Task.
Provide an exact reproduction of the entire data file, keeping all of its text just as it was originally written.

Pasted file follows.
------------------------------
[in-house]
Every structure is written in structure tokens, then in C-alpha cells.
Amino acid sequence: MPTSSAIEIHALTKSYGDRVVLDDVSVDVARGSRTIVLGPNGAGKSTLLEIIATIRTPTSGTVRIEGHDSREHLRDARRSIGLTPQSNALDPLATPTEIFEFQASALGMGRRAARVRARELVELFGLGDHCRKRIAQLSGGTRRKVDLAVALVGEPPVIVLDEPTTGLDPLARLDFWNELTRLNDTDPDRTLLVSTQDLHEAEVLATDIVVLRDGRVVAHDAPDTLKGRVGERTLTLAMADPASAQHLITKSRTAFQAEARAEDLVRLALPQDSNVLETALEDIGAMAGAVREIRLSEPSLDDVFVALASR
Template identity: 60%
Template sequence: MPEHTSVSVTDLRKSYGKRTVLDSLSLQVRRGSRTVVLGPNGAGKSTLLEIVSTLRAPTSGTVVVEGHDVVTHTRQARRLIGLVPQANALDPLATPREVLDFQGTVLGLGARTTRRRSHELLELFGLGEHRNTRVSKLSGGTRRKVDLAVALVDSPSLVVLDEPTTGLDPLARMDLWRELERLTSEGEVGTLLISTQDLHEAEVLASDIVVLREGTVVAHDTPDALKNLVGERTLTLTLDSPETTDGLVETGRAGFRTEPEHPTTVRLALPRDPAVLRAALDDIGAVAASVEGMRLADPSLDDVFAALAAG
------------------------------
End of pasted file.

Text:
[in-house]
Every structure is written in structure tokens, then in C-alpha cells.
Amino acid sequence: MPTSSAIEIHALTKSYGDRVVLDDVSVDVARGSRTIVLGPNGAGKSTLLEIIATIRTPTSGTVRIEGHDSREHLRDARRSIGLTPQSNALDPLATPTEIFEFQASALGMGRRAARVRARELVELFGLGDHCRKRIAQLSGGTRRKVDLAVALVGEPPVIVLDEPTTGLDPLARLDFWNELTRLNDTDPDRTLLVSTQDLHEAEVLATDIVVLRDGRVVAHDAPDTLKGRVGERTLTLAMADPASAQHLITKSRTAFQAEARAEDLVRLALPQDSNVLETALEDIGAMAGAVREIRLSEPSLDDVFVALASR
Template identity: 60%
Template sequence: MPEHTSVSVTDLRKSYGKRTVLDSLSLQVRRGSRTVVLGPNGAGKSTLLEIVSTLRAPTSGTVVVEGHDVVTHTRQARRLIGLVPQANALDPLATPREVLDFQGTVLGLGARTTRRRSHELLELFGLGEHRNTRVSKLSGGTRRKVDLAVALVDSPSLVVLDEPTTGLDPLARMDLWRELERLTSEGEVGTLLISTQDLHEAEVLASDIVVLREGTVVAHDTPDALKNLVGERTLTLTLDSPETTDGLVETGRAGFRTEPEHPTTVRLALPRDPAVLRAALDDIGAVAASVEGMRLADPSLDDVFAALAAG